By Neal Ringquist and Thomas Hawkins | Ocotber 17, 2016

As we prepare to observe National Save for Retirement Week (also known as “National Retirement Security Week”), scheduled for October 16-22, it’s a great opportunity to remember why we, as individuals, need to save for our retirement. But the sobering reality is that we are all being called upon to save retirement itself—by rescuing a retirement system that doesn’t work for millions of hardworking Americans.

On one level, the answer is simple: each of us should just save more. But there are other, more systemic issues, such as economics, demographics, an under-funded Social Security system and a leaky defined contribution system. When you combine these intractable problems with a highly partisan political environment, the prognosis can be bleak.

Senator Kent Conrad’s Journey to Save Retirement

According to the ICMA-RC: “National Retirement Security Week commenced in 2006, when Senators Gordon Smith (R-OR) and Kent Conrad (D-ND) introduced the first resolution establishing National Save for Retirement Week. Their goals were to elevate public knowledge about retirement savings and to encourage employees to save and participate in their employer-sponsored retirement plans.”

Now, a decade later, former Sen. Conrad continues his leadership on the retirement front through his service on the Bipartisan Policy Commission, where he co-chairs (along with Sen. James B. Lockhart III) their 19-member Commission on Retirement Security and Personal Savings.

After two years of intense debate and deliberation, the Commission reached bipartisan consensus on the most critical initiatives required to strengthen retirement security and to effectively “save retirement” for millions of Americans.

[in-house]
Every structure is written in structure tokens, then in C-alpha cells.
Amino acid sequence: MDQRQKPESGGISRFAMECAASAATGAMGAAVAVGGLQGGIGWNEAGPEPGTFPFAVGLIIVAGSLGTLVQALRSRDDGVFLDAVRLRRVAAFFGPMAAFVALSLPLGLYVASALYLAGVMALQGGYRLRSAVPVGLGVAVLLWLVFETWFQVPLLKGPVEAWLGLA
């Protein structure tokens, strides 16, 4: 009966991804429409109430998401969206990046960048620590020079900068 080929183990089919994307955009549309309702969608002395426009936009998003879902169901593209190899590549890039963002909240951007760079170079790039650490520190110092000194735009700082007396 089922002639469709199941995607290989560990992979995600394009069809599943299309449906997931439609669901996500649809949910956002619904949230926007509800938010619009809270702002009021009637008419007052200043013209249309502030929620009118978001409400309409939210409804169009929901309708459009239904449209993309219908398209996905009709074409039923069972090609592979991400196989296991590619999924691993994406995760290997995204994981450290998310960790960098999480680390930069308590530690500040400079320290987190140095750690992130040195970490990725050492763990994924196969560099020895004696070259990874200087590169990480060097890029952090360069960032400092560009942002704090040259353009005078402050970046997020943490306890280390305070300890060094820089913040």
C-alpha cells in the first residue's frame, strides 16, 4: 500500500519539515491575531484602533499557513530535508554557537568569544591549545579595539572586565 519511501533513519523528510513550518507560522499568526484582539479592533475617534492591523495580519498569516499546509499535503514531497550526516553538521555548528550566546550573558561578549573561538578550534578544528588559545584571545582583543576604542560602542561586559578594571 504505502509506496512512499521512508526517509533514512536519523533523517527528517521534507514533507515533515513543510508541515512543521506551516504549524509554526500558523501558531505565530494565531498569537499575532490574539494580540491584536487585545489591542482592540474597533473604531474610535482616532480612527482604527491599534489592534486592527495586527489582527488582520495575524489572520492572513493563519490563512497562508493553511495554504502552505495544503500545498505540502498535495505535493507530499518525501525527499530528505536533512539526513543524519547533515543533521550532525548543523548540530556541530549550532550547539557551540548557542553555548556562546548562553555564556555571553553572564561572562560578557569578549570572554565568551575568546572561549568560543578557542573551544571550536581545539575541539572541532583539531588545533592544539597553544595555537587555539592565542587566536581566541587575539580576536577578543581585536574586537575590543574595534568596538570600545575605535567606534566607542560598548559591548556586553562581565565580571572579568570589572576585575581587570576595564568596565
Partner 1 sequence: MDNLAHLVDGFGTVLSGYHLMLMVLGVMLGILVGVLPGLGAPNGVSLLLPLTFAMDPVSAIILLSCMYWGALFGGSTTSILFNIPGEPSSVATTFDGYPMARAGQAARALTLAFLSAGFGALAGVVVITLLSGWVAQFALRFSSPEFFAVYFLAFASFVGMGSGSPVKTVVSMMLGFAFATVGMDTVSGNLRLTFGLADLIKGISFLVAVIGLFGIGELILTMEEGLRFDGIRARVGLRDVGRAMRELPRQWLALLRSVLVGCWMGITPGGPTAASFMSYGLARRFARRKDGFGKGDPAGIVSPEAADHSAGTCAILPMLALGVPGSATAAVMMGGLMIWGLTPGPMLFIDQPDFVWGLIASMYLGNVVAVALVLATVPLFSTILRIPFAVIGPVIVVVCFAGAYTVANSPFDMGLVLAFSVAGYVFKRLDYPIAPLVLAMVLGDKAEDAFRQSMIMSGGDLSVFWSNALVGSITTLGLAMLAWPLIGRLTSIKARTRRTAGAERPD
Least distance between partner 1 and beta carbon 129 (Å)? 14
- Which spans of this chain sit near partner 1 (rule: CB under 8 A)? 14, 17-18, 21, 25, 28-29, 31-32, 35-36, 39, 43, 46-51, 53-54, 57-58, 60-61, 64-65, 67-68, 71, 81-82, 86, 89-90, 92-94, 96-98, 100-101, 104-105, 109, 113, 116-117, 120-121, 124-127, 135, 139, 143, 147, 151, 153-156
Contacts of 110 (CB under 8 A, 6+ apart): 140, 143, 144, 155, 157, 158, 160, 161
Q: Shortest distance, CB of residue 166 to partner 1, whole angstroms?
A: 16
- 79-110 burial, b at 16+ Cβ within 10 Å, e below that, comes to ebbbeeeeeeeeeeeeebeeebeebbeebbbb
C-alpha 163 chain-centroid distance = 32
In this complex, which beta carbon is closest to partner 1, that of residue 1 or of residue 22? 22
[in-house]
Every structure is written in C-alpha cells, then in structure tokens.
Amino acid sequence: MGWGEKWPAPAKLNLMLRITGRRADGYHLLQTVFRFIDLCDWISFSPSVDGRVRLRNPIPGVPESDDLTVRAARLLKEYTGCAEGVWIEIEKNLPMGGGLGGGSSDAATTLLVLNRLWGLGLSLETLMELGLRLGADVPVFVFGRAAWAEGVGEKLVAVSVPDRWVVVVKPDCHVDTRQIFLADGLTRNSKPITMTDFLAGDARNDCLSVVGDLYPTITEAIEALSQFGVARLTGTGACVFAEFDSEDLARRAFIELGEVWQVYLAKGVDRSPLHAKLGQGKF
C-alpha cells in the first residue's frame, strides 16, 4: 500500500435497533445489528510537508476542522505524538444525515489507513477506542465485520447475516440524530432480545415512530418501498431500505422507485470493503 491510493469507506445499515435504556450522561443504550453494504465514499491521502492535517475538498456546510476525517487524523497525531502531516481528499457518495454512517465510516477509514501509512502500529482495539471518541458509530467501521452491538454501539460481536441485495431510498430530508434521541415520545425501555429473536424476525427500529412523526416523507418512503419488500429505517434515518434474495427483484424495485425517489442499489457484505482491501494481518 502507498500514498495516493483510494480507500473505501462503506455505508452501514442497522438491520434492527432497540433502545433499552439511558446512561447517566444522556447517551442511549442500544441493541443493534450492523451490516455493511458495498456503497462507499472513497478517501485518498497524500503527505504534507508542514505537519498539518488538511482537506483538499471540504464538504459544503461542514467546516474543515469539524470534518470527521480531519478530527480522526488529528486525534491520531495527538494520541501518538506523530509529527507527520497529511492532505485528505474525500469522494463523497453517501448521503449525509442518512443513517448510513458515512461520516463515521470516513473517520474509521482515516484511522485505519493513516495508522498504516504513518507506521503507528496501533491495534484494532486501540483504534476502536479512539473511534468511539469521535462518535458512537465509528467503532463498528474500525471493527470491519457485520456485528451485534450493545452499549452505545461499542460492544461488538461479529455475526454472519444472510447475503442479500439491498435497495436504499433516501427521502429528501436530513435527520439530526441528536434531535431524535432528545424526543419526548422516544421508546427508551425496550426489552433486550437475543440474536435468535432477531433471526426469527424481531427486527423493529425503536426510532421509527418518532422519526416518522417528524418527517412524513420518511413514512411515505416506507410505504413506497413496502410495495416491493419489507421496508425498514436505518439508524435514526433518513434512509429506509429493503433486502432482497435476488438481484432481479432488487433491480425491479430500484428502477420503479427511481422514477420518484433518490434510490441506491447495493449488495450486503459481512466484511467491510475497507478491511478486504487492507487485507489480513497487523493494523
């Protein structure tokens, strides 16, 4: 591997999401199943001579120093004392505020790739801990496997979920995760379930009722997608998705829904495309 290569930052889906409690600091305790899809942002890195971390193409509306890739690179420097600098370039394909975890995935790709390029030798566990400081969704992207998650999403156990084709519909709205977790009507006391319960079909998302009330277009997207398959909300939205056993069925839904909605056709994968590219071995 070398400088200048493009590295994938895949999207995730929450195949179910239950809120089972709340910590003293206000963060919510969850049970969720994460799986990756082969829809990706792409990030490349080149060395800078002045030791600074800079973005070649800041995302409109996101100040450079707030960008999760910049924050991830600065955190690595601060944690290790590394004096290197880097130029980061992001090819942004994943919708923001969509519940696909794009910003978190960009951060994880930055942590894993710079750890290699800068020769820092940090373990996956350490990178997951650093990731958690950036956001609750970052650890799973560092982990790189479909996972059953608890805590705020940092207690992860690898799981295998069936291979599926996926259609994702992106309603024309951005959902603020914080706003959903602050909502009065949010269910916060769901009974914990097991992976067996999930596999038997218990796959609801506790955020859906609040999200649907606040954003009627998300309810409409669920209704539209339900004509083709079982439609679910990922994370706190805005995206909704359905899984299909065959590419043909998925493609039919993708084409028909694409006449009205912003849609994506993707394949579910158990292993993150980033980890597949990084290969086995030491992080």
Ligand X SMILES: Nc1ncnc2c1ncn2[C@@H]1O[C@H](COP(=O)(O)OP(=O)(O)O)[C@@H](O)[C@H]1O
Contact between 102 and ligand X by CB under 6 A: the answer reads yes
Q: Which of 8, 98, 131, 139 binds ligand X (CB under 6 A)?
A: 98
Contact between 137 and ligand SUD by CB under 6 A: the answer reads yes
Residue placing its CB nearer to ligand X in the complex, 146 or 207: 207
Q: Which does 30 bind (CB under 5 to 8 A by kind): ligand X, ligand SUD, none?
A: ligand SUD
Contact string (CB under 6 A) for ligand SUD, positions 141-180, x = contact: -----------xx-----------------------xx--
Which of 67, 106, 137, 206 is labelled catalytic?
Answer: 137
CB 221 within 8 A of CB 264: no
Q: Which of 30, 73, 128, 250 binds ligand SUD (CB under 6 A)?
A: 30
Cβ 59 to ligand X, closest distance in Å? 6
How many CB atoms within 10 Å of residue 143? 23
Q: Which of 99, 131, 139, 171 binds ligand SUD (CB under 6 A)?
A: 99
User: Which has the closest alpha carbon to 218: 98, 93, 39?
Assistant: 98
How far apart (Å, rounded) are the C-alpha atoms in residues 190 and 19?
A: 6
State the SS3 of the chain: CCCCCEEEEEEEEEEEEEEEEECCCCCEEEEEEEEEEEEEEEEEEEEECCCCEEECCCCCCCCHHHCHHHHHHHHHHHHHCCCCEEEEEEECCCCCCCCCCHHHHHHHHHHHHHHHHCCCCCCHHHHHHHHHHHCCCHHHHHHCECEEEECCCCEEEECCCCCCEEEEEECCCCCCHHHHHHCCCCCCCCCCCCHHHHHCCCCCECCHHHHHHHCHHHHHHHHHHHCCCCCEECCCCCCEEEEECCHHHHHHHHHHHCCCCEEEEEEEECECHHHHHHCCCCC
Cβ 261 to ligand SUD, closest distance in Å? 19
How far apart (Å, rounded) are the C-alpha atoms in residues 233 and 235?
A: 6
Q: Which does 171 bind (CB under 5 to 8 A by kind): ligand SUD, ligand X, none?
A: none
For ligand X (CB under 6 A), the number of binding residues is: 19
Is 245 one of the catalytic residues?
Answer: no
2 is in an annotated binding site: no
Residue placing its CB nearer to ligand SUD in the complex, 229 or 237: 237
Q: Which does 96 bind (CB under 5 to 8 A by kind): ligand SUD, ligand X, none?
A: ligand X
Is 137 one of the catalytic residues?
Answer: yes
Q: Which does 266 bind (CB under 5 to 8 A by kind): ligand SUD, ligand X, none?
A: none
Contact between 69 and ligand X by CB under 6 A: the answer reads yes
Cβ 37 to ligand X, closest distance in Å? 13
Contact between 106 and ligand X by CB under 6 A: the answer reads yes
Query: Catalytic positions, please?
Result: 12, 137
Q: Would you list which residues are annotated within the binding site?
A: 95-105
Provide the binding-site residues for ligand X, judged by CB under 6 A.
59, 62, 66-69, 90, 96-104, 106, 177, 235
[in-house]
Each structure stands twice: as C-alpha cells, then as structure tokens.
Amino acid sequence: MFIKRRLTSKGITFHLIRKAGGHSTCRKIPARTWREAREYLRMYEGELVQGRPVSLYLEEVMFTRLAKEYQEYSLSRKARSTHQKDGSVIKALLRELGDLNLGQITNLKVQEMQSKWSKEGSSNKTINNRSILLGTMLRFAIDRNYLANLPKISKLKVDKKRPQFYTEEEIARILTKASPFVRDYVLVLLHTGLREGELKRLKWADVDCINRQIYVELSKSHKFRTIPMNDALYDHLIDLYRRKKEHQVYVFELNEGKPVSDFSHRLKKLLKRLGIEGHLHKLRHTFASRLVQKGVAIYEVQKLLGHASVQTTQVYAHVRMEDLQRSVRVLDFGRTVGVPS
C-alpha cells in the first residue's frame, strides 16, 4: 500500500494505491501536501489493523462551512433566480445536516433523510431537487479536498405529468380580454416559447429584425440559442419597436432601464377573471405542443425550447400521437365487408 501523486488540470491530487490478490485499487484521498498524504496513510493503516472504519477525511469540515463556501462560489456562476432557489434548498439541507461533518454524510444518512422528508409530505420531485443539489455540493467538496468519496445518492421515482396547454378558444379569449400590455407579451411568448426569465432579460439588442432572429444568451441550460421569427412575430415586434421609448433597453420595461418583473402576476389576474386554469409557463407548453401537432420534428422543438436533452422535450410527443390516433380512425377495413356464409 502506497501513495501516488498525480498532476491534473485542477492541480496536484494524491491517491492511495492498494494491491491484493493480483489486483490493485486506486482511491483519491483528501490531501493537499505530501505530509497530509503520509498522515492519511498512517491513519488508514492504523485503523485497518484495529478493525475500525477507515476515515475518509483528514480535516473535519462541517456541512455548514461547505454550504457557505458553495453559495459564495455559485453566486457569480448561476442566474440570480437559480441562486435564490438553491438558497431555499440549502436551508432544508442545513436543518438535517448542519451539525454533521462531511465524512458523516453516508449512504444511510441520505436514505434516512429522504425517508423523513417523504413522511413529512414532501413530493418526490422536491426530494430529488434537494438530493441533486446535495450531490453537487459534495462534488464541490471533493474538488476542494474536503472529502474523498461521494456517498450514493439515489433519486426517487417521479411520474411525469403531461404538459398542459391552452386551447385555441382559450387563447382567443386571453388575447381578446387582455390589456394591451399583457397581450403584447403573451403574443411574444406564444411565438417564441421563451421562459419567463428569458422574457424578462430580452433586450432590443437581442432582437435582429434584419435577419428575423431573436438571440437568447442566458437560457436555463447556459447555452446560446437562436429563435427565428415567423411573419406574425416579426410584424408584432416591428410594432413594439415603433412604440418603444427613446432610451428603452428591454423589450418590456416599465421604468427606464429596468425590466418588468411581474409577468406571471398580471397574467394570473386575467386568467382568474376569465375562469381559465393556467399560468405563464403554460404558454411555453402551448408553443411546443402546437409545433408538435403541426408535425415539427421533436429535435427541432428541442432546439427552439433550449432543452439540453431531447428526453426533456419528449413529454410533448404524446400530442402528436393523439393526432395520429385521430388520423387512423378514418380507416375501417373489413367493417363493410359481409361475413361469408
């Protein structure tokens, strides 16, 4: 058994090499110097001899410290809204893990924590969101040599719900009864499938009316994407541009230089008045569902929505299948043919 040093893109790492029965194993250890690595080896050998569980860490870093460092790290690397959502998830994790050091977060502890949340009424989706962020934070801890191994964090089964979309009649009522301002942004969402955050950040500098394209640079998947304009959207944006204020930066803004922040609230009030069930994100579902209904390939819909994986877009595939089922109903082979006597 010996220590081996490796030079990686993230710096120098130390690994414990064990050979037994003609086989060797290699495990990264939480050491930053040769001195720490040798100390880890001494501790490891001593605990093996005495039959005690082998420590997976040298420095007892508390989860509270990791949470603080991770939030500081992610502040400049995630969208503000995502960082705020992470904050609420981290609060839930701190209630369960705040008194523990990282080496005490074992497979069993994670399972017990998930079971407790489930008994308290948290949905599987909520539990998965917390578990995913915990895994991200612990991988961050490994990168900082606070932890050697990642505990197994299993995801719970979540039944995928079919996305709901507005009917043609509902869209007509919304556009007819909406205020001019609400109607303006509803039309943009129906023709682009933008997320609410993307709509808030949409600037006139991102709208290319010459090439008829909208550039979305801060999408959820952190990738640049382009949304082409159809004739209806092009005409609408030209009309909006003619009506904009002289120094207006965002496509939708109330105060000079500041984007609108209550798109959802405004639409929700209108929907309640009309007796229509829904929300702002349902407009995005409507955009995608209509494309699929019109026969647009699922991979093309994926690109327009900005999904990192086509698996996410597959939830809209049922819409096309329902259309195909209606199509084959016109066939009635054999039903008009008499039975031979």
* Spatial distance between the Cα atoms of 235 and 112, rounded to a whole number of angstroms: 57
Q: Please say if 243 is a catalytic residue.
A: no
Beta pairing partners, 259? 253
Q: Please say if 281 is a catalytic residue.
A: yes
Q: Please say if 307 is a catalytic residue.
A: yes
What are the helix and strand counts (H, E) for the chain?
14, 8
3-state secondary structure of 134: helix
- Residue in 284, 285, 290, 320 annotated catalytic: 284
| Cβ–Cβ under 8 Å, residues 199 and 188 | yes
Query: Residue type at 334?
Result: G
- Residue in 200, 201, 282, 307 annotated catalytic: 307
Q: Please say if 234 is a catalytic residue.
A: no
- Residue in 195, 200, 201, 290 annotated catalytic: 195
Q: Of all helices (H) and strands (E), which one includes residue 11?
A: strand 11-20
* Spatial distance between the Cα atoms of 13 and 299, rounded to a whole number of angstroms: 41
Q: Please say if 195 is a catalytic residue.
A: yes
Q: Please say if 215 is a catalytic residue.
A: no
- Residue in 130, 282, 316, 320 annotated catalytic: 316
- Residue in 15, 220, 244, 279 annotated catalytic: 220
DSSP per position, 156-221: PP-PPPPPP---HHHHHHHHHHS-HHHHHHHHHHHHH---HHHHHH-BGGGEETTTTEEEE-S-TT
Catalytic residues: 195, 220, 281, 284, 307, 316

The fact that Sen. Conrad’s Commission reached bipartisan consensus on so many difficult issues is no small feat.

On June 9, the Commission presented their recommendations in the report “Securing Our Financial Future: Report of the Commission on Retirement Security and Personal Savings.”

The report identifies six challenges for retirement security and personal savings, including:

  1. Too many Americans lack access to workplace retirement savings plans.
  2. Americans are increasingly at risk of outliving their savings.
  3. Home equity is underutilized in retirement—if it lasts until then.
  4. Many Americans lack the basic knowledge to manage their personal finances and prepare for retirement.
  5. Social Security is at a crossroads.
  6. Many Americans lack the income or resources to save for short-term needs—so they raid their retirement accounts (causing “leakage,” or the premature removal of assets from the retirement system).

The Problem of Leakage

As retirement services providers whose mission is to reduce cash-out leakage by helping plan participants move their balances forward when they change jobs, we at Retirement Clearinghouse were intensely interested in the Commission’s analysis and recommendations addressing the problem of retirement savings leakage.

We found a lot to like.

The Commission’s report:

  • Correctly identifies cash-outs as the primary source of leakage, as opposed to loan defaults or hardship withdrawals, which debunks a popular misconception about retirement savings leakage.